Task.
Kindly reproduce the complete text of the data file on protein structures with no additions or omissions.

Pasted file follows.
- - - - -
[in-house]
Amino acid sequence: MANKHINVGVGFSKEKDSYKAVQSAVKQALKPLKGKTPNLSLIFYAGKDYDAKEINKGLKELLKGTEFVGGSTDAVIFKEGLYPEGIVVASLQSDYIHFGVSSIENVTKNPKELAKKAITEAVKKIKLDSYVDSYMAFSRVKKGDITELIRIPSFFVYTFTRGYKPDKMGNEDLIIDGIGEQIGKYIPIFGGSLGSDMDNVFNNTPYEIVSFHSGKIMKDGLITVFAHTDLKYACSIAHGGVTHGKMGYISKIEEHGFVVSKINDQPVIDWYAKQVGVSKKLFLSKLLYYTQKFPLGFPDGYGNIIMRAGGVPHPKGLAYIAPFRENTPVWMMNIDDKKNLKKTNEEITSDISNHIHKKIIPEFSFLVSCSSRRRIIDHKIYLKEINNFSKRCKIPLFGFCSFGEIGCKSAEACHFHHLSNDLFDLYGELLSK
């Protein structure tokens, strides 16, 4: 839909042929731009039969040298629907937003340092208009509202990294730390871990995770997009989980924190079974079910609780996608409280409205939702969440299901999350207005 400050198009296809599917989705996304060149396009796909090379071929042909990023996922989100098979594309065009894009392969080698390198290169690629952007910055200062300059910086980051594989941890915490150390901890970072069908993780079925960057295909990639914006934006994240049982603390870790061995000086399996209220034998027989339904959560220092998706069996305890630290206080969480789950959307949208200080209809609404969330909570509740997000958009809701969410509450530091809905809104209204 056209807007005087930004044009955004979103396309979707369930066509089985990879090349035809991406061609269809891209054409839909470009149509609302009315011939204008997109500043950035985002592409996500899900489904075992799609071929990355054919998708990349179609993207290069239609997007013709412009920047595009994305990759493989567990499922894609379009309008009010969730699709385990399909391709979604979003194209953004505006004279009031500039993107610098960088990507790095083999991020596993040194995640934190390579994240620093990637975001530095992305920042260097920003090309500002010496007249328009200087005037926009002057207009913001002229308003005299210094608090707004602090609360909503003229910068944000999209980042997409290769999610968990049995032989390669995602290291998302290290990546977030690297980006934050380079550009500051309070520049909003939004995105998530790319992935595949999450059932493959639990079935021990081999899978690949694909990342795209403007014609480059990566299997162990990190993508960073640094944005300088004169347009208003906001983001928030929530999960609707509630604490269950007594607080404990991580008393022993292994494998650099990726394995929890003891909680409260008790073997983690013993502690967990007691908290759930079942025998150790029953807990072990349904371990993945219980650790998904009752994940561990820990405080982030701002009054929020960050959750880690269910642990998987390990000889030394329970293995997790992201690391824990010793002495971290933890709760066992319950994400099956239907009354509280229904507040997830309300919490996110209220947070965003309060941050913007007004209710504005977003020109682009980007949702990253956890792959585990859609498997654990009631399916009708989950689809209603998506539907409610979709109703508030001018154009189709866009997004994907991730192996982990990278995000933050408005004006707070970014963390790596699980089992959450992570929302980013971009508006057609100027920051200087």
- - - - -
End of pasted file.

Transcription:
[in-house]
Amino acid sequence: MANKHINVGVGFSKEKDSYKAVQSAVKQALKPLKGKTPNLSLIFYAGKDYDAKEINKGLKELLKGTEFVGGSTDAVIFKEGLYPEGIVVASLQSDYIHFGVSSIENVTKNPKELAKKAITEAVKKIKLDSYVDSYMAFSRVKKGDITELIRIPSFFVYTFTRGYKPDKMGNEDLIIDGIGEQIGKYIPIFGGSLGSDMDNVFNNTPYEIVSFHSGKIMKDGLITVFAHTDLKYACSIAHGGVTHGKMGYISKIEEHGFVVSKINDQPVIDWYAKQVGVSKKLFLSKLLYYTQKFPLGFPDGYGNIIMRAGGVPHPKGLAYIAPFRENTPVWMMNIDDKKNLKKTNEEITSDISNHIHKKIIPEFSFLVSCSSRRRIIDHKIYLKEINNFSKRCKIPLFGFCSFGEIGCKSAEACHFHHLSNDLFDLYGELLSK
């Protein structure tokens, strides 16, 4: 839909042929731009039969040298629907937003340092208009509202990294730390871990995770997009989980924190079974079910609780996608409280409205939702969440299901999350207005 400050198009296809599917989705996304060149396009796909090379071929042909990023996922989100098979594309065009894009392969080698390198290169690629952007910055200062300059910086980051594989941890915490150390901890970072069908993780079925960057295909990639914006934006994240049982603390870790061995000086399996209220034998027989339904959560220092998706069996305890630290206080969480789950959307949208200080209809609404969330909570509740997000958009809701969410509450530091809905809104209204 056209807007005087930004044009955004979103396309979707369930066509089985990879090349035809991406061609269809891209054409839909470009149509609302009315011939204008997109500043950035985002592409996500899900489904075992799609071929990355054919998708990349179609993207290069239609997007013709412009920047595009994305990759493989567990499922894609379009309008009010969730699709385990399909391709979604979003194209953004505006004279009031500039993107610098960088990507790095083999991020596993040194995640934190390579994240620093990637975001530095992305920042260097920003090309500002010496007249328009200087005037926009002057207009913001002229308003005299210094608090707004602090609360909503003229910068944000999209980042997409290769999610968990049995032989390669995602290291998302290290990546977030690297980006934050380079550009500051309070520049909003939004995105998530790319992935595949999450059932493959639990079935021990081999899978690949694909990342795209403007014609480059990566299997162990990190993508960073640094944005300088004169347009208003906001983001928030929530999960609707509630604490269950007594607080404990991580008393022993292994494998650099990726394995929890003891909680409260008790073997983690013993502690967990007691908290759930079942025998150790029953807990072990349904371990993945219980650790998904009752994940561990820990405080982030701002009054929020960050959750880690269910642990998987390990000889030394329970293995997790992201690391824990010793002495971290933890709760066992319950994400099956239907009354509280229904507040997830309300919490996110209220947070965003309060941050913007007004209710504005977003020109682009980007949702990253956890792959585990859609498997654990009631399916009708989950689809209603998506539907409610979709109703508030001018154009189709866009997004994907991730192996982990990278995000933050408005004006707070970014963390790596699980089992959450992570929302980013971009508006057609100027920051200087």